Second Part

0:09:07 Last concert I played in was late 1952 and then I came back to England; then I fell in love with my now wife, Kitty; she was at that time married to Lucian Freud and had two little children; I met her at a party given by Freddie Ayer in London; spent a lot of time having a good time, going to France and Ireland and trying to write a novel; eventually realized I must get a job; Kitty's father was Jacob Epstein, a very genial man; he made a bust of me which I gave to my daughter; it was adapted for the head of St Michael at Coventry Cathedral and put up in 1958; fascinating watching him work; P.W.S. Andrews got me an interview with an executive in the Metal Box Company and I got a job at £60 a month; it was an insignificant job in information and statistics, so rather humiliating; Kitty noticed an advertisement in the 'New Statesman' for economists in the Treasury and I applied; I had been swotting up how to measure the national income; I happened to know something about the price of tin and got a lowly job there in 1956; Epstein made the bust of me in February of that year and I went to the Treasury in March; I did not feel so humiliated except on occasions; what we had to do was to interpret more or less raw figures for use by the Government and there was an array of economists and statisticians from other departments who fed you the data; I had to write a report once a month on what had happened and what was going to happen, then do a big forecasting exercise once every six months on which the budget would be based and Ministers briefed; as time past I became quite an expert; the big change in my professional life was in 1964-5; I went on secondment to the National Institute and wrote a lot of pieces which were published then; when I went back to the Treasury it had all changed with a Labour Government; then I met Nicky Kaldor which, as it turned out, was a very big event in my life; I formed a close relationship with him and worked on one or two things, like the Selective Employment Tax in 1966, when I had to create the statistical system for loaning the tax; in the following year there was devaluation and I did all calculations on how big it should be; by then I was considered to be a coming man because of my knowledge; we thought we were drawing on the work of Keynes but it could just be drawn on and we had our own way of modelling the economy which I now think was seriously inadequate; Nicky persuaded me to leave when I was an Under-Secretary and to come to Cambridge; I am sorry to say that from a personal point of view it was the worst thing I have ever done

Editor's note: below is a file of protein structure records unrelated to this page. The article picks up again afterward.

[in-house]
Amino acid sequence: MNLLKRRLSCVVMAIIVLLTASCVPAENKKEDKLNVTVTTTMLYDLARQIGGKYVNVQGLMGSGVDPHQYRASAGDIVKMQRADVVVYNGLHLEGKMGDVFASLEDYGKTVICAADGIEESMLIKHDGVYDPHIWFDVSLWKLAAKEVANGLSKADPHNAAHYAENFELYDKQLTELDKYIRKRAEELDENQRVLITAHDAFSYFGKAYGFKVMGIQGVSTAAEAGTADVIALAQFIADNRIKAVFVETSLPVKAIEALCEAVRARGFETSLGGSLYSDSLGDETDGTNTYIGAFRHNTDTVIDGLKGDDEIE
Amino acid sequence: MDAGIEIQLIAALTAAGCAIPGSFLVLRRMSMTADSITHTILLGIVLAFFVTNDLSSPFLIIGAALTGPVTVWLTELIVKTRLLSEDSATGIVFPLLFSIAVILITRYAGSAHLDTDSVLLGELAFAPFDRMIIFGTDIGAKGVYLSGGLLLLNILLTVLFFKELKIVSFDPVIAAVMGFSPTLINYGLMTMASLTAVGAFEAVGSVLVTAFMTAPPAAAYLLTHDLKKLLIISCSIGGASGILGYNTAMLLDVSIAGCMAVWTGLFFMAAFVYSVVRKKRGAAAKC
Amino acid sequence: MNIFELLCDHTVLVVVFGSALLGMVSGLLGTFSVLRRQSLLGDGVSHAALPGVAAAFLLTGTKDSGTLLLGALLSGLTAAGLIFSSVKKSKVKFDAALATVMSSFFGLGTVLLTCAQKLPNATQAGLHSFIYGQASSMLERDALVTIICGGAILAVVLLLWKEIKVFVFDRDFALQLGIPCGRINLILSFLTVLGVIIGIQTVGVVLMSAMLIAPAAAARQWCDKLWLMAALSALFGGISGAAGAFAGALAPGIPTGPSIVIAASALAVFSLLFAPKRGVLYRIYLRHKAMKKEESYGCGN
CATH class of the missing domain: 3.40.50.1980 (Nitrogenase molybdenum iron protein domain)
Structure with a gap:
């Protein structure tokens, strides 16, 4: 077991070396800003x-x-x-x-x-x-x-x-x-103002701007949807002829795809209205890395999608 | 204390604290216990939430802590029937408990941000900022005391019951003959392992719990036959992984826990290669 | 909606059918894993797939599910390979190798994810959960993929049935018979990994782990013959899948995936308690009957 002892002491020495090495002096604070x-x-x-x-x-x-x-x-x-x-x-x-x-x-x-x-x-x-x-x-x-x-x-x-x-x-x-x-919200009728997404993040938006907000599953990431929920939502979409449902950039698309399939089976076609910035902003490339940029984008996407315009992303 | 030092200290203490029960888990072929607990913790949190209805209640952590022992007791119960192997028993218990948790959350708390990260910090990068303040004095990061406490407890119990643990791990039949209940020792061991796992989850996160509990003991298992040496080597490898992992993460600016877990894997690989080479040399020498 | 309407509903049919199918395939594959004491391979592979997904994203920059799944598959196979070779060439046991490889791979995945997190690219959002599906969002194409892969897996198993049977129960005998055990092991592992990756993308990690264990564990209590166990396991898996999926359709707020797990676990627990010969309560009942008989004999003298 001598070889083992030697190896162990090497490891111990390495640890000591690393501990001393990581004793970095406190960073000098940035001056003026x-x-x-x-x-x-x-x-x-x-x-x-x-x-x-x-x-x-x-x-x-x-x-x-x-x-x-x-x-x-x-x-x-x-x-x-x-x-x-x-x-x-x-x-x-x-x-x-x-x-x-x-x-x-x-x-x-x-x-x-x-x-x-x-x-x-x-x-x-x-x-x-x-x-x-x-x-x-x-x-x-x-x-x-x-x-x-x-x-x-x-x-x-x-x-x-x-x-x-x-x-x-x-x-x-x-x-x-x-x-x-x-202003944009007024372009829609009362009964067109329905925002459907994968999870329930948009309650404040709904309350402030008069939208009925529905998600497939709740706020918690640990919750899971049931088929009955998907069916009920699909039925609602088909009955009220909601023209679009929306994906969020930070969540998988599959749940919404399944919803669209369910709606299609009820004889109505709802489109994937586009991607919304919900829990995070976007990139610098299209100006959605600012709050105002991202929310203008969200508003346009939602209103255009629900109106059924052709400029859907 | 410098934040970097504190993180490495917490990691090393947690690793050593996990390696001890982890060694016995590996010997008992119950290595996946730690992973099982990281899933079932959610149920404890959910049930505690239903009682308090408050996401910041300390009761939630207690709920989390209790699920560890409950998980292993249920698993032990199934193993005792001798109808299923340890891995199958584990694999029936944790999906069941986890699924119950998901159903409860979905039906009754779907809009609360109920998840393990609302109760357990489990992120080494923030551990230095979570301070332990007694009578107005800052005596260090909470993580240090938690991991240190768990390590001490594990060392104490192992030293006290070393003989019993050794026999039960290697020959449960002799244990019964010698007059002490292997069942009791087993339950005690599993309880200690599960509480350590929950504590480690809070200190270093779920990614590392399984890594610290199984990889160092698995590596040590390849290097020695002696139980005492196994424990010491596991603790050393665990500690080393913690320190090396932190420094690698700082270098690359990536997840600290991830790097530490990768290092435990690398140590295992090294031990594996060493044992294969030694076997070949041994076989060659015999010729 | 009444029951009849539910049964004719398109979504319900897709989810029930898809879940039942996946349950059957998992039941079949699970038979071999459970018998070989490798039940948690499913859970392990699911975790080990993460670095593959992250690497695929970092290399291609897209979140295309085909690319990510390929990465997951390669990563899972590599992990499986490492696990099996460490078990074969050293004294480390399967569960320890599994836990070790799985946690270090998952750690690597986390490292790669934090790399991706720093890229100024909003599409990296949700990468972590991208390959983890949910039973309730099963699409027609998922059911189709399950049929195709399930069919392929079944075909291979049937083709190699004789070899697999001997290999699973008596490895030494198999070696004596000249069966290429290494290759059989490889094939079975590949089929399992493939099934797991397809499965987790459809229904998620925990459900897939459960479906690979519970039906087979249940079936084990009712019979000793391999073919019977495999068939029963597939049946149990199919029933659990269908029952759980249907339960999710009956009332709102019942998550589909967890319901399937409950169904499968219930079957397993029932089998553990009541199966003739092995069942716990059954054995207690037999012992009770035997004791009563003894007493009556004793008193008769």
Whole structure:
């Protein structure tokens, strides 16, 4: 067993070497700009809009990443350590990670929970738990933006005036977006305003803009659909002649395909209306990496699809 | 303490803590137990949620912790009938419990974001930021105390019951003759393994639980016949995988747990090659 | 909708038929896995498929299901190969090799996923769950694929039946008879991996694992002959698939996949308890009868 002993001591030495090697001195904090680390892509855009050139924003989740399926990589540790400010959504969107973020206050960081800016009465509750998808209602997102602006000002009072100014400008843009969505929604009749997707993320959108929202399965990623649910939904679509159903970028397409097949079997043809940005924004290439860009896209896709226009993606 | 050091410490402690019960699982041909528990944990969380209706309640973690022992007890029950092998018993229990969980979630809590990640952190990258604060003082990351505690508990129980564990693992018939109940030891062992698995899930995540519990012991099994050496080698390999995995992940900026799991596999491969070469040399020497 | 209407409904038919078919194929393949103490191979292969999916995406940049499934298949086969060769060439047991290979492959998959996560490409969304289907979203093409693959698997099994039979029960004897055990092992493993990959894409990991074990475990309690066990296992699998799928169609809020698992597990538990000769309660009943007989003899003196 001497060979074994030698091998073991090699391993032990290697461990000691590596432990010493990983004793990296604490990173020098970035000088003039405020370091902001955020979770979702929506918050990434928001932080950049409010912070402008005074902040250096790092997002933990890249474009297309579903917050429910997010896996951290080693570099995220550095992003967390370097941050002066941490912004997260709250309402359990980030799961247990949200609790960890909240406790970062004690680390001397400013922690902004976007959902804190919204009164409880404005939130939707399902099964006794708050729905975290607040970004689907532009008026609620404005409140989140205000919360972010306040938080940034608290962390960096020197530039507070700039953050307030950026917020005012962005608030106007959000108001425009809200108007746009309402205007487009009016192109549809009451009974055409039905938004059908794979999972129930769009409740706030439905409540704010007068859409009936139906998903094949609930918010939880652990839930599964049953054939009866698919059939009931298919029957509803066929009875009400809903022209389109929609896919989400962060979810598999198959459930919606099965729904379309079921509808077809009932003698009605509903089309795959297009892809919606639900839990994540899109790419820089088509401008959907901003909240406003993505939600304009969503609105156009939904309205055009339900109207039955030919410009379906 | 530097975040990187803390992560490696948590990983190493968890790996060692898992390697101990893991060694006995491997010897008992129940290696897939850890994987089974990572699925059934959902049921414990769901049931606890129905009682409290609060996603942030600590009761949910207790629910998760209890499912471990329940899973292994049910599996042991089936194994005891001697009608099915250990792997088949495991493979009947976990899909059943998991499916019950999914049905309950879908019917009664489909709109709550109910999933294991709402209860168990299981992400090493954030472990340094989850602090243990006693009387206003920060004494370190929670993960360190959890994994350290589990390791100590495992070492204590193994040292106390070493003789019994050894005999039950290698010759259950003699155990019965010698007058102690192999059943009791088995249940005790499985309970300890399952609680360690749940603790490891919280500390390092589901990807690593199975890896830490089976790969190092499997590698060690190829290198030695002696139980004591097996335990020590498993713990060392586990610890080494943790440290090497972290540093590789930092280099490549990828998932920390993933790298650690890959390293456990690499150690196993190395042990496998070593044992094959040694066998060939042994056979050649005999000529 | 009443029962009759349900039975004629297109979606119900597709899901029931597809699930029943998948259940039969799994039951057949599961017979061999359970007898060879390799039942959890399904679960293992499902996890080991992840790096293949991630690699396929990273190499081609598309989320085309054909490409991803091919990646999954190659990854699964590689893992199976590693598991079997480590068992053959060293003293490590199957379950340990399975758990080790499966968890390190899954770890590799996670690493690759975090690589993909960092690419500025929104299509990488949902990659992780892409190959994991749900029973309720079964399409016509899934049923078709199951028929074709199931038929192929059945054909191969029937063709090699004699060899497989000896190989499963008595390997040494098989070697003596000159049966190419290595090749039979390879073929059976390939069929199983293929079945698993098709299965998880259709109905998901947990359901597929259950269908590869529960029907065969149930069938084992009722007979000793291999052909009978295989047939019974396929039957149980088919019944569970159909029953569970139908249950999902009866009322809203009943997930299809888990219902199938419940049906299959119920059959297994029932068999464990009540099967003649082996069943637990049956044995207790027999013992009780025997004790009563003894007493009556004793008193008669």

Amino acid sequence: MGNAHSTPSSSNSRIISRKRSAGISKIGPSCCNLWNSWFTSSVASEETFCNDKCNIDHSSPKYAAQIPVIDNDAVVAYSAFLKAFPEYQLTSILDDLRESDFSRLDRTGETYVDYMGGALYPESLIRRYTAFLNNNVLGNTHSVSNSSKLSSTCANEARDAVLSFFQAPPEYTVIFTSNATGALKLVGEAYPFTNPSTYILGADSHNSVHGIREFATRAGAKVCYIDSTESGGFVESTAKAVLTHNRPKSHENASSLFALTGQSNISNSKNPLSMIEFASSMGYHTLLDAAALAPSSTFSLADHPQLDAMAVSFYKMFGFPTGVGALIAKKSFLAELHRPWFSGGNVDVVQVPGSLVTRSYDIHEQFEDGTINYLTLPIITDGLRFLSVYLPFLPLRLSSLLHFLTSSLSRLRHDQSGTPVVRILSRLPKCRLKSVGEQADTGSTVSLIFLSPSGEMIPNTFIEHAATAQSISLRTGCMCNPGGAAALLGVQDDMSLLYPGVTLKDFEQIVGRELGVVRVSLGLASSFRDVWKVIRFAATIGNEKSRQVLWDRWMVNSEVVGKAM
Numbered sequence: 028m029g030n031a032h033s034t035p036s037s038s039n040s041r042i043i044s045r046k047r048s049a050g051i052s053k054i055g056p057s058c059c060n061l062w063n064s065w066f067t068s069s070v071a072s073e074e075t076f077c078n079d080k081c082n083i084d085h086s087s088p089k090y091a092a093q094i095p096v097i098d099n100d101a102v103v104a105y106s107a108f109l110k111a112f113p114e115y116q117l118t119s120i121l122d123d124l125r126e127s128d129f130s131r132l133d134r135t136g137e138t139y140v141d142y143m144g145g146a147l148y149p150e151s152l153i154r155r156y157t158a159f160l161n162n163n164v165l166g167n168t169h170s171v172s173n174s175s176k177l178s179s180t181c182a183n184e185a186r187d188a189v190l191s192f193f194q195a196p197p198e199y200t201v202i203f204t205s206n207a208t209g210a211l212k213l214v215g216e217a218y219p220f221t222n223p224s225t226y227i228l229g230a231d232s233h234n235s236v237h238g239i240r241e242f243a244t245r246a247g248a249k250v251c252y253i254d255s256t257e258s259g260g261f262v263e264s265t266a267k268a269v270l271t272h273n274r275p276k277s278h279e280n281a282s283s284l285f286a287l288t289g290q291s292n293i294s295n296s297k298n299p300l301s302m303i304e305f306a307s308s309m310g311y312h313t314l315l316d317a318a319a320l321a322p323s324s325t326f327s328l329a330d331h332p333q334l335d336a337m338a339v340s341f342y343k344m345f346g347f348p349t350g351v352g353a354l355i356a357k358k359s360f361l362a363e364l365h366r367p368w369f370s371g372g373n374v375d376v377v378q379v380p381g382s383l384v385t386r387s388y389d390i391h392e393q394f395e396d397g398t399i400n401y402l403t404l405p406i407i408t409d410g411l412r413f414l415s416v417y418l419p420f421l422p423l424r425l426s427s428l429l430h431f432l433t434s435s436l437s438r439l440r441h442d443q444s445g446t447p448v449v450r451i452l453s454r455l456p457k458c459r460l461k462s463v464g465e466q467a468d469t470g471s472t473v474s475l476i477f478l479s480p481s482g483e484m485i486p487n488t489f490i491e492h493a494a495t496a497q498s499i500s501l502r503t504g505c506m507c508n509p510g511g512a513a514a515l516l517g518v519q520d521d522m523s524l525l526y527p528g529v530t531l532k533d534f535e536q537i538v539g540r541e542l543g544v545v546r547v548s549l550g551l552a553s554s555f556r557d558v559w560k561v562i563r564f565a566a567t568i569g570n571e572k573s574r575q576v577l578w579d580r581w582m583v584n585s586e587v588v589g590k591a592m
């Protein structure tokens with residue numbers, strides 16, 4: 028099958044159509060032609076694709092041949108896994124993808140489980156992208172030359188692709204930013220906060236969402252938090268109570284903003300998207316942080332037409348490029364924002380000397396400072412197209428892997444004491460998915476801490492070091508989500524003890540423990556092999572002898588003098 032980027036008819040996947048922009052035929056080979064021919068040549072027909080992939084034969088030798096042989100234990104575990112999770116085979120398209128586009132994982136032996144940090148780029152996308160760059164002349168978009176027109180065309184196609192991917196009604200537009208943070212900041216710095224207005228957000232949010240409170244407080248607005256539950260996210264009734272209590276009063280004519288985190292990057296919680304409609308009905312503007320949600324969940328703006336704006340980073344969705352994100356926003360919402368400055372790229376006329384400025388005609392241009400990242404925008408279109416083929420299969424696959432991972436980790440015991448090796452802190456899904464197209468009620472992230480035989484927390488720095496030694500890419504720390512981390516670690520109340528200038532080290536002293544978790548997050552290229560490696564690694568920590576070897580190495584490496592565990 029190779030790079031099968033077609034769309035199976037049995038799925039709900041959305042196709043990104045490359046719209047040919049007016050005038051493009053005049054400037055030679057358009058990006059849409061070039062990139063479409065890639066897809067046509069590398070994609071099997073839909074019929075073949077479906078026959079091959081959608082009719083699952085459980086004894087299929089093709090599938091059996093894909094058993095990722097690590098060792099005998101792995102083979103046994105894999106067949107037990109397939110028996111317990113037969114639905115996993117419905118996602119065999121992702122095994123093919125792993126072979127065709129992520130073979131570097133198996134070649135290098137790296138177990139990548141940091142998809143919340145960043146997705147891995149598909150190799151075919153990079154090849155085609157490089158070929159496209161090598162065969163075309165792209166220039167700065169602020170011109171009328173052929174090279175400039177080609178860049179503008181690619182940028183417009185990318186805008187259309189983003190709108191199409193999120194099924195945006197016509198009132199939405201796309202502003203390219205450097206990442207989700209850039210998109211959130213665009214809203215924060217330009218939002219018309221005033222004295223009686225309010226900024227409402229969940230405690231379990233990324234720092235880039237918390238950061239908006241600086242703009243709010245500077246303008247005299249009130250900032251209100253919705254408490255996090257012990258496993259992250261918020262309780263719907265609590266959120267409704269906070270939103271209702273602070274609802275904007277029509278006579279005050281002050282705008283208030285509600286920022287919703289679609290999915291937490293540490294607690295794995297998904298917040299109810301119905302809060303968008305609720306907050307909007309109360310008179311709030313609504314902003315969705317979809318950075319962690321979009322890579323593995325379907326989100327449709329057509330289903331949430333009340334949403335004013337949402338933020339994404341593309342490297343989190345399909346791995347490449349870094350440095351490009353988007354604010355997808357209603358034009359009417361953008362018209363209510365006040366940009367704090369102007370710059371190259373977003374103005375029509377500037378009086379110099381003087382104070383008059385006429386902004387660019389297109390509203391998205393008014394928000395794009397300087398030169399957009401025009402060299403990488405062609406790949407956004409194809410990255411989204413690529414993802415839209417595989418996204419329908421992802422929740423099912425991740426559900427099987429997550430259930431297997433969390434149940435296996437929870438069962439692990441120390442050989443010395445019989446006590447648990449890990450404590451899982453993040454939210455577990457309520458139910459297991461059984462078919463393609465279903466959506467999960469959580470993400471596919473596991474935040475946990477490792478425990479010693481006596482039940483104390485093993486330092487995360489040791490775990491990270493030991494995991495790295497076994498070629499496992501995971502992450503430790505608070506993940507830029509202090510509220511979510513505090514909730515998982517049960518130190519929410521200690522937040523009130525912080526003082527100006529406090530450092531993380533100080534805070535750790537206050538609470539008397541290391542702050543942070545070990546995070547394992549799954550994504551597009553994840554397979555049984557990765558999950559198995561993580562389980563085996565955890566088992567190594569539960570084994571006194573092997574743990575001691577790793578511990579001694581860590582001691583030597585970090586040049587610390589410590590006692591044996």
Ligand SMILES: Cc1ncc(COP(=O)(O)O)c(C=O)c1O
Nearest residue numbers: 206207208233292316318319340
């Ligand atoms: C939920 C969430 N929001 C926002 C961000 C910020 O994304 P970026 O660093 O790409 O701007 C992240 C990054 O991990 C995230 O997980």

14:01:23 Nicky Kaldor, a Falstaffian intellect who thought with his gut; he emanated genius; he was very persuasive and would never give up; William Armstrong was the Permanent Secretary and Kaldor used to sleep at meetings; he was extremely greedy; he loved laughter, usually at his own jokes; he wanted me to be Director at the Department of Applied Economics at Cambridge; he also wanted me to be a Fellow of King's; as he was on the appointments committee he knew that I was going to be Director before anybody else knew; he immediately went to Edmund Leach (it was in 1970) but the professorial quota was full; nevertheless, Edmund immediately wrote to me suggesting that if I waited then I would get a Fellowship at King's which was entirely contrary to the quota system; in the next post I received two letters from other Heads of Colleges inviting me to join them; I felt very awkward about this; Burkill, Master of Peterhouse, invited me for the weekend and it was good fun, but I prevaricated; in the end decided I would not be bound by Leach and went back to Burkill, but he then decided he didn't want me; I had been used to the Treasury which was entirely hierarchical but absolutely united in purpose; I came to Cambridge supposing as Director that people would do as I told them; I was wrong; all they wanted from me was that I preserve their jobs as none of them had tenure; the appointment structure of it was very questionable; the place was bursting and it was difficult to see how I could do my own research; the appointment committee was also the committee of management; they all went to the previous Director, Brian Reddaway, and asked him to get me to agree to the right of the management committee to co-opt members; Reddaway put this too me in a neutral way although he would not have tolerated it himself; as members of the management committee were also members of the appointment committee and none had tenure, they were very highly motivated to gain tenure; I wrote and complained to the General Board but they did nothing about it; I was very unpopular; there were also troublemakers among the assistant staff; I was unhappy and very soon wished I had not come; I very nearly resigned